The Music Export Growth Scheme will allocate millions of pounds of grants to independent music companies and will be run by UK Trade & Investment (UKTI), the government organisation that supports UK business overseas, and BPI, the trade body that represents British recorded music businesses.
Business Secretary Vince Cable said:
“The British music industry is a real success story. We are world leaders in creative talent and our music has been exported all over the world.
“It’s not just about enjoying the music. This worldwide success means jobs and economic growth back in the UK, so the government must do all we can to back our winning sectors and ensure their future success. Today’s money will do just that by helping hundreds of small and medium sized businesses to export more.”
Many smaller to medium-sized music labels, distributors and management companies, which are often independently owned, achieve remarkable success when launching their artists in the UK. However, their limited resources and the sheer cost of marketing overseas means it can be a real challenge for them to replicate this success internationally. This, in turn, creates the risk that significant commercial opportunities may be missed, not just for these companies and their artists, but ultimately for the wider UK economy through lost exports.
The Music Export Growth Scheme has been created by UKTI and BPI to help address this issue, offering small and medium-sized music companies with the potential to achieve increased international success the opportunity to apply for grants ranging from £5,000 to £50,000. The grants will support their marketing overseas and the promotion of specific artist releases.
BPI Chief Executive Geoff Taylor commented:
“Independent labels are an important part of what makes British music so special. With global interest in UK artists at such high levels, we want to ensure that indie artists and labels have the best possible chance to achieve success overseas.
“We are delighted that government has listened to calls from BPI and AIM for export support that will help British music do even better around the world.”
The scheme, which will be funded by UKTI, will make up to £3m of grants available over the next three-year period – with the potential for further funding following the scheme’s first annual review. Applications will be open to all UK independent record labels and music management companies meeting the application criteria. Decisions on individual awards will be made by a panel of music industry experts with marketing expertise from organisations including the Music Managers Forum (MMF), representatives of independent record labels and BPI. The scheme will be administered by BPI.
Chief Executive for UKTI Nick Baird said:
“Mumford and Sons, Ed Sheeran, One Direction and, of course, Adele are just some of the British artists who dominate music charts around the world, contributing over £100m to the UK annually through sales of their music overseas as well as promoting our arts and culture. The Music Export Growth Scheme will help smaller to medium-sized music labels establish more UK artists internationally and help us meet our target of getting another 100,000 British businesses exporting – an increase which could add £36 billion to the economy.”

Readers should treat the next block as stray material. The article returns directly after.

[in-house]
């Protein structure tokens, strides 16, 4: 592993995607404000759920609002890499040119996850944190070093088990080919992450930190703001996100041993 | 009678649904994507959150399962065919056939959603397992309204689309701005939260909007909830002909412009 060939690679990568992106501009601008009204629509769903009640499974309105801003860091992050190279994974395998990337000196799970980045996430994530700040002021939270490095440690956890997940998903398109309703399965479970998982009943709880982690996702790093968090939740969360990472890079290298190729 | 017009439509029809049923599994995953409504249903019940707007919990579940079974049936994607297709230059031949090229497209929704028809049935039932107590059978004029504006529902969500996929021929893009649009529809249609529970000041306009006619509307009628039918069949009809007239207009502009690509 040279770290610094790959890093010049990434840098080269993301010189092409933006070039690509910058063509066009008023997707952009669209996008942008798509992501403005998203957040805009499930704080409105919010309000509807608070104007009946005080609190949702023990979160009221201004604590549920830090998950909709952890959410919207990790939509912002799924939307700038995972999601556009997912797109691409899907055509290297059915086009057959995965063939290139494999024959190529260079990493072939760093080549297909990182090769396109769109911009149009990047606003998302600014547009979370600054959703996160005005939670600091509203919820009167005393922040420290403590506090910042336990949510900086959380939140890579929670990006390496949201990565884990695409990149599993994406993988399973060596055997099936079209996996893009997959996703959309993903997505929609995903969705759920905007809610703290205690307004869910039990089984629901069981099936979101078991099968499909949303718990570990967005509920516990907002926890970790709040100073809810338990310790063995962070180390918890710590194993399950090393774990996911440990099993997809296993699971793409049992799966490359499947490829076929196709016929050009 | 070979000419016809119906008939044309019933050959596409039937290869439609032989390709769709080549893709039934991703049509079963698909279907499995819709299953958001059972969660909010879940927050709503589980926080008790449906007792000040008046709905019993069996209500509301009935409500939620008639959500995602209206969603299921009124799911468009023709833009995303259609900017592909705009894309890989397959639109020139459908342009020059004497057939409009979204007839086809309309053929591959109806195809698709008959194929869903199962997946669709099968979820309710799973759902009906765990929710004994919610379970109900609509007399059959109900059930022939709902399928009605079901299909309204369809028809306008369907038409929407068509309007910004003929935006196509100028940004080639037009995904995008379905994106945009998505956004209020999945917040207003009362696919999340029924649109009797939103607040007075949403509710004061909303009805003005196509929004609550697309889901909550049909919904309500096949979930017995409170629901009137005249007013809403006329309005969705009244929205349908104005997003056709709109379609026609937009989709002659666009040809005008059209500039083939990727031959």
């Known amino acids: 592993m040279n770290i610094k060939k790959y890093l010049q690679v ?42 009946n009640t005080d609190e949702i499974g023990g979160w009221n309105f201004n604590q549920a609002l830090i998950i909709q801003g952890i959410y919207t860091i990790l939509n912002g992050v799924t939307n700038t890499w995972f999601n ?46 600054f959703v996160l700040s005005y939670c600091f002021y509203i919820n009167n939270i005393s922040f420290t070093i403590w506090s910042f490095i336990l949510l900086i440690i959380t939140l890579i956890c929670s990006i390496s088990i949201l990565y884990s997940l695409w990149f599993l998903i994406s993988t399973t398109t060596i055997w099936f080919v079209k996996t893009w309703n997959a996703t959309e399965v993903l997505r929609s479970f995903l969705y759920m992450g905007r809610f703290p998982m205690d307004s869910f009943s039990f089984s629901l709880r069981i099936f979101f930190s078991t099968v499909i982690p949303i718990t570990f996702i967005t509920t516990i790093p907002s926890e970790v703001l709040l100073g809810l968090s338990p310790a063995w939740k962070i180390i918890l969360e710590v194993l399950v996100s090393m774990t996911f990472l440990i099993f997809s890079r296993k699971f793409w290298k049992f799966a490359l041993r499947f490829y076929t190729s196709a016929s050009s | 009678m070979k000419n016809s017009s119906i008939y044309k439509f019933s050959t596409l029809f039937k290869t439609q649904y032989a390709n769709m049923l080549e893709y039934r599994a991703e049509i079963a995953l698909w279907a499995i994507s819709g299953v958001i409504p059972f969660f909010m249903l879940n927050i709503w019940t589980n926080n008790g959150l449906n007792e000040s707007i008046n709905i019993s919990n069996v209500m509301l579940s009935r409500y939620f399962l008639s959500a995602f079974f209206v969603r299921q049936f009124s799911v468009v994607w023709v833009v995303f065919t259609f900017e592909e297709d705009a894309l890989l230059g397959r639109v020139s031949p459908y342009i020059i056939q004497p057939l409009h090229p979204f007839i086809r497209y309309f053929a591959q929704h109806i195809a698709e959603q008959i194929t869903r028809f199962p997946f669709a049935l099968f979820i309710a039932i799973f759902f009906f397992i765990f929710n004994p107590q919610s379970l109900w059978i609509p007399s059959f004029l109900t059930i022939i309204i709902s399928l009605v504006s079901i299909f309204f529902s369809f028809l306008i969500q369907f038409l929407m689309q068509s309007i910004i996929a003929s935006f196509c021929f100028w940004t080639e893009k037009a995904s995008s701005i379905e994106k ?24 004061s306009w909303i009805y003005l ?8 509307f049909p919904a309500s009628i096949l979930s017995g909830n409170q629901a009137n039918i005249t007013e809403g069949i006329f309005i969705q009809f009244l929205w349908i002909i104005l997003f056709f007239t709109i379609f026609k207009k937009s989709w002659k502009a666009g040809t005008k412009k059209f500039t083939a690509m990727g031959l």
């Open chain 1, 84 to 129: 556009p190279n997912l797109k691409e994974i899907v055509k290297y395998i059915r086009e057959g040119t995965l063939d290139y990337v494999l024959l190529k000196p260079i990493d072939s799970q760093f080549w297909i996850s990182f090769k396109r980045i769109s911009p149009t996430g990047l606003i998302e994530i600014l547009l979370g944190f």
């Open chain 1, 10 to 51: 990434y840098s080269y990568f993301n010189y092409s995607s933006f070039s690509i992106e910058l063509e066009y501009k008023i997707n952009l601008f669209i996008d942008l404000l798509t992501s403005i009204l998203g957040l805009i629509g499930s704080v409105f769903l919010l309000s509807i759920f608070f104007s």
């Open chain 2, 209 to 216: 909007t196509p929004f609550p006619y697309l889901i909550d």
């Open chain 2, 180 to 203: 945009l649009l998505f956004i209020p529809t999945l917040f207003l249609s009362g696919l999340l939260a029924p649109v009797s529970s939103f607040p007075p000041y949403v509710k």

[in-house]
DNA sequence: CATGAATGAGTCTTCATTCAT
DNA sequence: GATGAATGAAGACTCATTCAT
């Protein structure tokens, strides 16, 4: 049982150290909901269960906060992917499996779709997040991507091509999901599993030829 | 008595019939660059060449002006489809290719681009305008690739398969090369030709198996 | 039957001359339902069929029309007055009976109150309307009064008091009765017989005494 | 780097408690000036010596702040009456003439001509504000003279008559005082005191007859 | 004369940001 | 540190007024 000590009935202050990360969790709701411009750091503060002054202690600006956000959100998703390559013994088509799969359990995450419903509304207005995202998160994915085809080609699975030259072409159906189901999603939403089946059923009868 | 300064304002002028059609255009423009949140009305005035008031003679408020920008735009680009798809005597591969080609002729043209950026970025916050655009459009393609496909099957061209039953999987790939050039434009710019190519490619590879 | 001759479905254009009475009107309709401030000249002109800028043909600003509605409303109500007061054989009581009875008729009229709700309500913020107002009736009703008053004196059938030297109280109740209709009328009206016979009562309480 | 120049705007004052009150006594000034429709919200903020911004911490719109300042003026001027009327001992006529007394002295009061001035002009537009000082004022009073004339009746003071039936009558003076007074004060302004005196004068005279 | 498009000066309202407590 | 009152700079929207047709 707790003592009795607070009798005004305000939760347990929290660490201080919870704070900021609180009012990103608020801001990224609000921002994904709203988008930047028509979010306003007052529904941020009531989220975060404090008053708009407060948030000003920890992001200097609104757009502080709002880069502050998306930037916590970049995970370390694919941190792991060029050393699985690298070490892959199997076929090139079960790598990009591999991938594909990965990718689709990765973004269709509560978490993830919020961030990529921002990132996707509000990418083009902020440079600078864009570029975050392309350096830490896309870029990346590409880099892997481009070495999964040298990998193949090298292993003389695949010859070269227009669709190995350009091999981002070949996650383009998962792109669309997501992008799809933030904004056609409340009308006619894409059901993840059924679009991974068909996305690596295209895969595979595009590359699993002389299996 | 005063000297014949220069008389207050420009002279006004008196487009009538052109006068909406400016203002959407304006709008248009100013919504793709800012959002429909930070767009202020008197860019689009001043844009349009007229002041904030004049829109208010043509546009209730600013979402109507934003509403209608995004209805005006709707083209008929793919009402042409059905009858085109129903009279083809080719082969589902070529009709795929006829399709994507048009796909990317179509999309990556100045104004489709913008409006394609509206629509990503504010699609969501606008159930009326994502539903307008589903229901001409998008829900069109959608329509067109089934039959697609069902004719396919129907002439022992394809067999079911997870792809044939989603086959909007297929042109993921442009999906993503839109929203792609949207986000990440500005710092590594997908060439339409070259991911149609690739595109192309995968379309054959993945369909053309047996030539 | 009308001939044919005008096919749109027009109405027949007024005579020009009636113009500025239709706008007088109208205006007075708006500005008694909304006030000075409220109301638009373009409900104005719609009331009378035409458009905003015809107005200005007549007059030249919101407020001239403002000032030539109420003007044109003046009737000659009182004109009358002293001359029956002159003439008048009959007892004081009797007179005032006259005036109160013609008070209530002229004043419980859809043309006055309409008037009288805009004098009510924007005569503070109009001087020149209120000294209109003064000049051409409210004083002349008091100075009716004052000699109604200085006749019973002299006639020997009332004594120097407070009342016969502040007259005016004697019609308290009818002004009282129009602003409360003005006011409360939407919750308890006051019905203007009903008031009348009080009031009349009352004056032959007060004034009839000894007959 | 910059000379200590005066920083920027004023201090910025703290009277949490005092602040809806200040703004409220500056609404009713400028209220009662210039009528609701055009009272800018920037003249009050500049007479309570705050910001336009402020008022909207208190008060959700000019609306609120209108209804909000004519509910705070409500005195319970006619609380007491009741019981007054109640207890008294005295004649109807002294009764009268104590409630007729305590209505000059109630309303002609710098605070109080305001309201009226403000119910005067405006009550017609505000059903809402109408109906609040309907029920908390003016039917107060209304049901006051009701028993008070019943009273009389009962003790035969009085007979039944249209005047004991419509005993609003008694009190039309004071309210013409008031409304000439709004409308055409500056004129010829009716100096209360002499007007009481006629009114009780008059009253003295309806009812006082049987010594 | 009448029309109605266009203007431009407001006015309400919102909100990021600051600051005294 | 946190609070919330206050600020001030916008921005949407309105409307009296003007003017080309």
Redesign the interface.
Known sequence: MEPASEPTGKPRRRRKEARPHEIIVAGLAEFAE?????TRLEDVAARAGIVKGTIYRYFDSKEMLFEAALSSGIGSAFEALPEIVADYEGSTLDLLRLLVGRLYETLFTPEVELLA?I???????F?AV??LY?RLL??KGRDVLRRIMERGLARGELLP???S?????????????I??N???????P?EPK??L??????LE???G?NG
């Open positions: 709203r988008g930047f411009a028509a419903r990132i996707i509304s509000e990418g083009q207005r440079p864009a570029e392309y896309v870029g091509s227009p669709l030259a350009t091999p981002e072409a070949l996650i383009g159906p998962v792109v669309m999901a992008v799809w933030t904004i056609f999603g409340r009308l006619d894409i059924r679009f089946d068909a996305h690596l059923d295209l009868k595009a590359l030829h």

As well as encouraging labels to promote their artists in emerging and established international markets, the scheme also aims to increase the number of music labels and music managers with successful international experience, while further raising the visibility of British music in overseas markets.
Alison Wenham, Chairman of AIM commented:
“As the UK’s only trade organization dedicated exclusively to the UK’s independent music sector, AIM is delighted that the British Government has acknowledged our organization’s repeated calls over many years to support the valuable commercial contribution made to the UK economy by British music’s success overseas. We look forward to working with the BPI in furthering the opportunities this initiative will bring to the UK’s vibrant music industry.”
Korda Marshall, who has a played a key role in developing the early career of many artists, including the likes of Muse and more recently Mercury Prize winners Alt-J, is the Founding Chairman of leading indie label, Infectious Music said:
“I’m delighted by this announcement, as, I imagine, many other independent music companies will be. British labels have a fantastic track record when it comes to bringing through great new music, but it can be so frustrating when you know you’ve got a really special band on your hands but don’t always have the means to raise their profile internationally as quickly as you would like.
“There’s clearly is a huge appetite for British music overseas, so if this new scheme helps to feed this, it can only be good news for anyone that loves British music and wants it to do well.”
Preference within the scheme will be given to companies seeking to promote new artists who are in their first three years of recording.
London-based duo Public Service Broadcasting, who are signed to their own label, Test Card Recordings, commented:
“This seems a really practical way of helping artists at a time they most need it. British music gets lots of headlines around the world, but if you’re a newly-signed artist with a smaller label on tight budgets, it can be hard to connect with the audiences that are potentially out there for you.
“This scheme will hopefully help – a few thousand pounds or more may not transform your prospects overnight, but it could help pay for a tour slot or a media showcase that could make a real difference when you are trying to break through.”
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Notes to Editors
1. How the Music Export Growth Fund will work
• Companies will be eligible to apply for the Scheme if they meet the UKTI’s criteria on Small and Medium Enterprises (SMEs): annual turnover of €50m or less and no more than 249 employees.